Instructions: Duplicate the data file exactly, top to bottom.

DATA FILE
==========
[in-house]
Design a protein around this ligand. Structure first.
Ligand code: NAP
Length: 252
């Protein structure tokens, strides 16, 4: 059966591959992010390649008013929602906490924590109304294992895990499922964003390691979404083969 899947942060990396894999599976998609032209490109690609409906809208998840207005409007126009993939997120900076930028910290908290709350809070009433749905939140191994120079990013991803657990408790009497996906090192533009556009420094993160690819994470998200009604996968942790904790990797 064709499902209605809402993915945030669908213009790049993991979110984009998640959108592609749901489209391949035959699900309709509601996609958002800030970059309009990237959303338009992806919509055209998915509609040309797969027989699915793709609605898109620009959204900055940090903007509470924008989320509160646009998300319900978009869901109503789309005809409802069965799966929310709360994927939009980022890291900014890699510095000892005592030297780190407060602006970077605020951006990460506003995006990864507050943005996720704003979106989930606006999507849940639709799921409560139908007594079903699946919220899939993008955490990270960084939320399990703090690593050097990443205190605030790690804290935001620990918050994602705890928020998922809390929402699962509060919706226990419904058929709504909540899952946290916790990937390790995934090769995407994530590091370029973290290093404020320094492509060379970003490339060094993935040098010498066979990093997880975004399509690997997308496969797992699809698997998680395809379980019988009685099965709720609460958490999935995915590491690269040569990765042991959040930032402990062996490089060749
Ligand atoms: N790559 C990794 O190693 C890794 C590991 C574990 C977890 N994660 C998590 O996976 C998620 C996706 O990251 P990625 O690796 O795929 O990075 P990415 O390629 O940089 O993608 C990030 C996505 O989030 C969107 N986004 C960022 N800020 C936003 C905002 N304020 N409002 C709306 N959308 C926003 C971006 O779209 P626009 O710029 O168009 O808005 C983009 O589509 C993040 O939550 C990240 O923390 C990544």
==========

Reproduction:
[in-house]
Design a protein around this ligand. Structure first.
Ligand code: NAP
Length: 252
């Protein structure tokens, strides 16, 4: 059966591959992010390649008013929602906490924590109304294992895990499922964003390691979404083969 899947942060990396894999599976998609032209490109690609409906809208998840207005409007126009993939997120900076930028910290908290709350809070009433749905939140191994120079990013991803657990408790009497996906090192533009556009420094993160690819994470998200009604996968942790904790990797 064709499902209605809402993915945030669908213009790049993991979110984009998640959108592609749901489209391949035959699900309709509601996609958002800030970059309009990237959303338009992806919509055209998915509609040309797969027989699915793709609605898109620009959204900055940090903007509470924008989320509160646009998300319900978009869901109503789309005809409802069965799966929310709360994927939009980022890291900014890699510095000892005592030297780190407060602006970077605020951006990460506003995006990864507050943005996720704003979106989930606006999507849940639709799921409560139908007594079903699946919220899939993008955490990270960084939320399990703090690593050097990443205190605030790690804290935001620990918050994602705890928020998922809390929402699962509060919706226990419904058929709504909540899952946290916790990937390790995934090769995407994530590091370029973290290093404020320094492509060379970003490339060094993935040098010498066979990093997880975004399509690997997308496969797992699809698997998680395809379980019988009685099965709720609460958490999935995915590491690269040569990765042991959040930032402990062996490089060749
Ligand atoms: N790559 C990794 O190693 C890794 C590991 C574990 C977890 N994660 C998590 O996976 C998620 C996706 O990251 P990625 O690796 O795929 O990075 P990415 O390629 O940089 O993608 C990030 C996505 O989030 C969107 N986004 C960022 N800020 C936003 C905002 N304020 N409002 C709306 N959308 C926003 C971006 O779209 P626009 O710029 O168009 O808005 C983009 O589509 C993040 O939550 C990240 O923390 C990544």